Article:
Can Andy Byford Save the Subways? (New Yorker)
In other cities, mayors tend to be heavily involved in mass transit, even hysterical about its deficiencies. Not in New York. Byford has not heard from de Blasio since his arrival, in January. “Bit weird. I should ring him up,” Byford said.

Boost to Local BID Has Some Inwood Rezoning Skeptics Worried (City Limits)
Schaller says that in Washington, D.C., BIDs played a key role in the transformation of neighborhoods. “From my perspective, BIDs there oiled the gentrification machine. I think the questions to ask here are, ‘Who gets to form BIDs and in what context, and who gains from organizing a BID?’ And, ultimately, ‘Who gets to make decisions on the activities they pursue?’” Schaller asks. “They are by design vehicles that are primarily run by landlords because at least a majority of the board has to be property owners. That means from my perspective, they have a democratic deficit that is already built into them.”

Review: A Young Orphan Finds a New Home in ‘Summer 1993’ (NY Times)
Filmed in the locations where the director lived at that age, “Summer 1993” is movingly understated and beautifully acted. The colors are muted and the style is naturalistic; swimming ponds and poultry and heat-languid vegetables enable the children’s games, and the cinematographer, Santiago Racaj, crouches down to toddler height to watch. Through his lens, we see an entirely new family being born.
Playing at several locations, including Cinema Village. Go see it.




Monday, July 2, 2018

Hit-and-Run on 21st

A driver was arrested after a hit-and-run accident on 21st Street on Saturday night in which a co-worker was crushed and killed.

Leonel Ortega-Flores was nabbed at 3:30 a.m. on Sunday and charged with vehicular manslaughter, leaving the scene of an accident and driving without a license, police said.
Investigators believe Ortega-Flores, 35, was trying to park his 2004 GMC van on 21st St. near Fourth Ave. in Greenwood Heights when he lurched onto the sidewalk and crushed Cardoso, of Staten Island, against an Inner City Electrical Contractors building just after 8 p.m. on Saturday.
Ortega-Flores fled on foot as several workers tried to save Cardoso. Medics rushed him to New York Methodist Hospital, where he died.
Cardoso and his wife, Guillermina Alonzo, 28, had two daughters, ages 2 and 6. Alonzo said that her husband was on the job when he was struck.  (Daily News)

Saturday, June 30, 2018

City of Wax





















This one wins my vote for a good looking company truck: Crusaders Candle Co. ("They Burn Better"). It was parked in front of the Universal Botanica on Fifth.  The company, on Nevins Street, has been around a while.

Established in 1946.
Crusader Candle Co., has been providing quality candles since 1946. Our candle company is a family owned company, providing work for local residents. We try to provide the best quality wax, colors, wick, scents and glass. We are respected in our industry and one of the leaders. You will always know our candles by looking for the Lucky Horseshoe on the bottom of the glass.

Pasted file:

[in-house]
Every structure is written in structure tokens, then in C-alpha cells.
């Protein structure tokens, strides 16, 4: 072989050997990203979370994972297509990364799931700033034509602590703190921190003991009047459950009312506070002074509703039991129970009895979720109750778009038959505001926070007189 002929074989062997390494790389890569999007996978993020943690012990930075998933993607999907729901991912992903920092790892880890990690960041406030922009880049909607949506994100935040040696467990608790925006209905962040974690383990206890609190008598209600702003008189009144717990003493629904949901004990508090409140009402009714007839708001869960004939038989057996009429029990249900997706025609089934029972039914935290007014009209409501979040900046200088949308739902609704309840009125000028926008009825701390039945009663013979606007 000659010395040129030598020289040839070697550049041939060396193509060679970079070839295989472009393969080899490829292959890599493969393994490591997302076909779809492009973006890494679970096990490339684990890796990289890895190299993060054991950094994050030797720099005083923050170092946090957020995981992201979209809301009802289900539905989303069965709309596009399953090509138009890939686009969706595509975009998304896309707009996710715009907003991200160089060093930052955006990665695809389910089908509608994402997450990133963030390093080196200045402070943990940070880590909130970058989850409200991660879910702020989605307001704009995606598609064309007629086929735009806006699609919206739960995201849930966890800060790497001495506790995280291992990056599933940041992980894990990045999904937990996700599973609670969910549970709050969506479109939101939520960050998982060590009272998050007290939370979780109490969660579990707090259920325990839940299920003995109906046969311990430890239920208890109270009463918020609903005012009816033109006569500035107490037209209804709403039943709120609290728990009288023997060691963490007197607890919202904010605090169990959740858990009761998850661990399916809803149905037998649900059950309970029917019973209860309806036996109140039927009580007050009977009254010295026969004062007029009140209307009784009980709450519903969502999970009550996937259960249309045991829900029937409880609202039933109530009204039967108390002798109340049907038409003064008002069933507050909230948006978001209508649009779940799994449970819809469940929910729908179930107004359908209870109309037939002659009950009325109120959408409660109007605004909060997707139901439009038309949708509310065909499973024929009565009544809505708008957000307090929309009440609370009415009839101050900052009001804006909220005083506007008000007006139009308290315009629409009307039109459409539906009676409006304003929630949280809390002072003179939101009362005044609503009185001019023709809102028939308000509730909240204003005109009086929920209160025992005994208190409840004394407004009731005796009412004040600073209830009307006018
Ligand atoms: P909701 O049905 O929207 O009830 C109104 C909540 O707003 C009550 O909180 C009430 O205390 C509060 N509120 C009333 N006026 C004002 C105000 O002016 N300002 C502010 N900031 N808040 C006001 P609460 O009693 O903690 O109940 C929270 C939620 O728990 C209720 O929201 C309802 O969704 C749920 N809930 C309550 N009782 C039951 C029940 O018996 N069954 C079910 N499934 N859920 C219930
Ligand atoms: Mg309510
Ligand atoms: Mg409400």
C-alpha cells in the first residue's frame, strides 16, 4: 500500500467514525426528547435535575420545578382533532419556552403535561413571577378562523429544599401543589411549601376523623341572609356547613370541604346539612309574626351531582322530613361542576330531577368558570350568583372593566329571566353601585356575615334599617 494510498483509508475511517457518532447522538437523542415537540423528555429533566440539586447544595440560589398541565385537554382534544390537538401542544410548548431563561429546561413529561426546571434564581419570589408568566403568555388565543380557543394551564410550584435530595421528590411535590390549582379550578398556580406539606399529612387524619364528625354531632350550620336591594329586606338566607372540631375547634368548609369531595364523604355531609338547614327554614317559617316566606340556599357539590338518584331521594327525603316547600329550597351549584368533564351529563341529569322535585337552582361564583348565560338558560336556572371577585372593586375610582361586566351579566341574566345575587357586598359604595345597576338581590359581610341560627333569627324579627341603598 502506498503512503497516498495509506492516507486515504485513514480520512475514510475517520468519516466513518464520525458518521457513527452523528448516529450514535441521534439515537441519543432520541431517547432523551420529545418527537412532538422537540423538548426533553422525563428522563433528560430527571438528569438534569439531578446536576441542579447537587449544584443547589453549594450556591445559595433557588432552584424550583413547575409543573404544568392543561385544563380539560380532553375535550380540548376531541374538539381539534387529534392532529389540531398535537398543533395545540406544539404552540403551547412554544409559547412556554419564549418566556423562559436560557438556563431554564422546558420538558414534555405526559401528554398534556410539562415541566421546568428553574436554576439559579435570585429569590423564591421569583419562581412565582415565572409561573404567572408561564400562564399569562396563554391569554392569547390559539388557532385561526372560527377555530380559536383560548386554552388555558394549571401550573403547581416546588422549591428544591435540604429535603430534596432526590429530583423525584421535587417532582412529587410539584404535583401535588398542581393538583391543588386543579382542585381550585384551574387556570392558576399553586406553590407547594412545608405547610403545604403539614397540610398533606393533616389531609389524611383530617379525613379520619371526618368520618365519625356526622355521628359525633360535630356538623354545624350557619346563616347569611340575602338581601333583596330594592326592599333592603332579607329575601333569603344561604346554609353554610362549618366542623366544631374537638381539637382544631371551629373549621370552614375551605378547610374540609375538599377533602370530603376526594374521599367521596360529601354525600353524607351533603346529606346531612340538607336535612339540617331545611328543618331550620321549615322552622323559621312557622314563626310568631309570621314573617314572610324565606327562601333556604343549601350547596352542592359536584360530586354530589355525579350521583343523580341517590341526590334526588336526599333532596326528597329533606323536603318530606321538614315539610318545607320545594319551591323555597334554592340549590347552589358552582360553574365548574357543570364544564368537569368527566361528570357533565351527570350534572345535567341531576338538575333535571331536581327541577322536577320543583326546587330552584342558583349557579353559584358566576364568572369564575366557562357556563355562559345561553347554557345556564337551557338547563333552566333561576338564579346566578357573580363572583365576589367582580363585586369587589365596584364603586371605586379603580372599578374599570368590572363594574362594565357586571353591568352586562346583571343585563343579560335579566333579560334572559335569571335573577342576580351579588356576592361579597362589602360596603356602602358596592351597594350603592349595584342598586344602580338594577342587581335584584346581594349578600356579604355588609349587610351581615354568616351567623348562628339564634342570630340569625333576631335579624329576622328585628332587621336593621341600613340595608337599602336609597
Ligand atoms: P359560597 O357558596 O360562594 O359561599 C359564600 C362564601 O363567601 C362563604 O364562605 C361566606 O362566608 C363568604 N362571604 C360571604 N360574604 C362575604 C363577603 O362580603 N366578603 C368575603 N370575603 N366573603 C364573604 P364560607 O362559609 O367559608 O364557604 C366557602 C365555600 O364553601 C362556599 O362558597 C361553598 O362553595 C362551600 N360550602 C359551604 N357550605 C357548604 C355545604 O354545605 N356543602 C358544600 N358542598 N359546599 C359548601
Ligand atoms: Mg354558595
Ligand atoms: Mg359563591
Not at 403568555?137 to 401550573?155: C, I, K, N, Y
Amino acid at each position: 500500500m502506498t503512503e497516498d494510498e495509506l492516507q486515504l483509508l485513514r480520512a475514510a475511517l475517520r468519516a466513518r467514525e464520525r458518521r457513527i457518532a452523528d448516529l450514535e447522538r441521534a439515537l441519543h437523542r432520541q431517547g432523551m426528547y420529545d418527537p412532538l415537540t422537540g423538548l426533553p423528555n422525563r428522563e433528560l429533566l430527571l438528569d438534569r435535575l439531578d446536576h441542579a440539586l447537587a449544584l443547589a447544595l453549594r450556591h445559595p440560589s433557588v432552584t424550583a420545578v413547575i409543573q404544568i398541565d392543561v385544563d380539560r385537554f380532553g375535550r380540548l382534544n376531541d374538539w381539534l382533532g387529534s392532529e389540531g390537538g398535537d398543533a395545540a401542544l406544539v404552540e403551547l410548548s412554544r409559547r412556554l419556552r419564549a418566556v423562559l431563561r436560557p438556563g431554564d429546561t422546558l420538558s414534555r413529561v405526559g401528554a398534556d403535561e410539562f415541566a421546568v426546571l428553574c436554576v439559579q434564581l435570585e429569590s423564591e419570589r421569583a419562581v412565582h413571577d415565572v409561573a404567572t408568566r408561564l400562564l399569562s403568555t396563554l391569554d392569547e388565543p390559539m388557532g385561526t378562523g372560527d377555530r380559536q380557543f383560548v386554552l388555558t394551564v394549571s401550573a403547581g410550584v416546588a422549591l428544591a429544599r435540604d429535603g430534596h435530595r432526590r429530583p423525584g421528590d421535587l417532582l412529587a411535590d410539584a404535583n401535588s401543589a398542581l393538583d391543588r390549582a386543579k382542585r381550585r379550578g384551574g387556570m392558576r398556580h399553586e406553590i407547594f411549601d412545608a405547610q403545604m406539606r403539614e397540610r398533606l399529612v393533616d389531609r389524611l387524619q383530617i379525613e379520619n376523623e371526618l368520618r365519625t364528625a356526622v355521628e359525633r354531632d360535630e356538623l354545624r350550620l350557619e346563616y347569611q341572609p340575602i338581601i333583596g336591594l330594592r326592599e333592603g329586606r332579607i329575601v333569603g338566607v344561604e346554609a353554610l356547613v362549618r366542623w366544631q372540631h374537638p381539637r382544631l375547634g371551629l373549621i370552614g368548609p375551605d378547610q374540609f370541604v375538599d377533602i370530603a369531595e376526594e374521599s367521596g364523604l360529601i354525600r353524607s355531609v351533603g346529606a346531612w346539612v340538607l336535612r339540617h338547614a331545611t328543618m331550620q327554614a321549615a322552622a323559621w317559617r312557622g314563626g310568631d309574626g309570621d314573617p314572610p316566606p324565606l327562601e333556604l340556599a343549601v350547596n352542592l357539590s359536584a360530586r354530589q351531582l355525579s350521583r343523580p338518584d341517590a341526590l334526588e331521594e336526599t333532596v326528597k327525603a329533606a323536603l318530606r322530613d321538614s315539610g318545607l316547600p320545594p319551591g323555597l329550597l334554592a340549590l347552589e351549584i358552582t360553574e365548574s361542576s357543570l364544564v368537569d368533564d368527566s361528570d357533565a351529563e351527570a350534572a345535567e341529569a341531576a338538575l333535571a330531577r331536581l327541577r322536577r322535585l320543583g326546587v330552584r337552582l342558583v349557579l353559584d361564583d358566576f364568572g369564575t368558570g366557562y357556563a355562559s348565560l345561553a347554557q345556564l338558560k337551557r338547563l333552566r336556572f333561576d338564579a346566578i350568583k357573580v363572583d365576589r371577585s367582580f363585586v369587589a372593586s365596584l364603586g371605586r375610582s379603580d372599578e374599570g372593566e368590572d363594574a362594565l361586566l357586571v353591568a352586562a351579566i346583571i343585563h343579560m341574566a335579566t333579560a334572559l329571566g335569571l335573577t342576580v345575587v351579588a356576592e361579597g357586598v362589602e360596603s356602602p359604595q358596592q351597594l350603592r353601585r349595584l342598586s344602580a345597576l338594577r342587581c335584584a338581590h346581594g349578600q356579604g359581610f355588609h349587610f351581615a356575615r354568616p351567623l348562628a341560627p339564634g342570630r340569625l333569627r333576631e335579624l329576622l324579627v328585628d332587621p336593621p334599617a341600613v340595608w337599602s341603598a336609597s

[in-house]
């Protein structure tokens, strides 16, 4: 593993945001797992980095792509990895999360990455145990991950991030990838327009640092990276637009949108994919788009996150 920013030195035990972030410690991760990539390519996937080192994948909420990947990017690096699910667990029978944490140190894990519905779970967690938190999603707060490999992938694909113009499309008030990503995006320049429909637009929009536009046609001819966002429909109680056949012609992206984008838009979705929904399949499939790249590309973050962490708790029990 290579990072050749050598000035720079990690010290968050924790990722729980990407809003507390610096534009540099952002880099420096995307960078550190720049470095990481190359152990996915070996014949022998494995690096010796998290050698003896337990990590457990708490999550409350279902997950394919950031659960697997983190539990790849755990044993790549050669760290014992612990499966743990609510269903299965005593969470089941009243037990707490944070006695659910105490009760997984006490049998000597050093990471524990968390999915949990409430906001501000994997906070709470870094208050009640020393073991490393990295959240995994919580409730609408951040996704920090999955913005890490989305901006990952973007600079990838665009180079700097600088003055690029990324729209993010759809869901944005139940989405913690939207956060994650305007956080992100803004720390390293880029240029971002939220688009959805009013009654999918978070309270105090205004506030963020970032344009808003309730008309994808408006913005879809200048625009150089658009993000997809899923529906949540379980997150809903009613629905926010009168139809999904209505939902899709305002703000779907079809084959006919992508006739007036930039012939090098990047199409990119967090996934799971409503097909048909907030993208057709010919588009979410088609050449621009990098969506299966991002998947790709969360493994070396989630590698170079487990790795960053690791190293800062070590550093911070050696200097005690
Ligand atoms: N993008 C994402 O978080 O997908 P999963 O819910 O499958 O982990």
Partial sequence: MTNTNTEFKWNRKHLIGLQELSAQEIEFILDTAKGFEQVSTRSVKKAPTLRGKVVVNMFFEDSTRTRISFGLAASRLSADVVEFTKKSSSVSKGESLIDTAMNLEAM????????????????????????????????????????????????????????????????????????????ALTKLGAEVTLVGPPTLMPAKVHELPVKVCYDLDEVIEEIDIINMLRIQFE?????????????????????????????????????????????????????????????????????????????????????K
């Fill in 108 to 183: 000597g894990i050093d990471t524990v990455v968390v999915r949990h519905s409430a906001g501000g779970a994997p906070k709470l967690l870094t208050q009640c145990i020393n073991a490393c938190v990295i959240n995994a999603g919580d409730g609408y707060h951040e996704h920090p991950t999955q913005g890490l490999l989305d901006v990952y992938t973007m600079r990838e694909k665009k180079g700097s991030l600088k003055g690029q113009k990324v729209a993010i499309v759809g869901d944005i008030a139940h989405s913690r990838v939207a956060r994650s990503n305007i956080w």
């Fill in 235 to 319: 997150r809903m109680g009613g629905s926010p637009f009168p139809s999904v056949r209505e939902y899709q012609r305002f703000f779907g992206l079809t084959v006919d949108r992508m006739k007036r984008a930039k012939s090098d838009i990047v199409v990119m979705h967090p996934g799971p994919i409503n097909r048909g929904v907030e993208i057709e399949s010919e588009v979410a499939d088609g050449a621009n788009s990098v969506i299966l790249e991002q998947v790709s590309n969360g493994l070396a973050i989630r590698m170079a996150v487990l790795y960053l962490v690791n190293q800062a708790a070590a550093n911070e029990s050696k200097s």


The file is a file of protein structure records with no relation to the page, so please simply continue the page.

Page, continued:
Our factory has been blessed with a sign from our Lady of Guadalupe 8 years ago and the company maintains her image to honor her with flowers and candles in our production area.

I wonder how far these candles make their way throughout the city.  Boxed up at Nevins & off they go along the highways & throughout the boroughs to groceries and botanicas, & up apartment stairs to living rooms or bedrooms, finding a sacred space at a corner shrine or a dresser altar space.  So many journeys, so many dreams of salvation.

Friday, June 29, 2018

Sign the Petition to Landmark 99 Ryerson Street


























When I wrote about Whitman's 199th birthday a few days ago I neglected to link to the petition to landmark 99 Ryerson Street, the house he lived in when the first edition of Leaves of Grass was published, in 1855.  You can help protect it by signing the petition here.  You can also catch up with Whitman news & events at the Walt Whitman Initiative, an organization that celebrates his legacy and advocates for its protection. 

Thursday, June 28, 2018

Retail

Meanwhile, back on Fifth, local chain store Fabco will be closing soon.  This is one of the bigger retail spaces on this part of Fifth, & Fabco is one of the last lower price shoe/clothing stores on the avenue.  Rainbow is still hanging on, while the store is advertised for rent; otherwise it's just Payless, DII (Deals & Discounts) & Mandees.  DII, with a great spot at Fifth & 9th, is still bustling, but at Mandees, in the old Michael's building, things are on the quiet side.




















Down the avenue at 24th a former auto repair shop is transforming into Tribeca Pediatrics, and the laundromat at 11th (after a brief life as a medical benefits center) is turning into Chu Tea - Tea, Espresso, We Build Smiles.  Bit of a dentist's line in the billing here, but we'll reserve judgment.





















There are still a lot of empty stores on Fifth, from the high-end space below the Crunch gym to the small spot at 12th where the ill-fated Salzy's comedy bar lasted for about a year.  Some have been vacant for well over a year.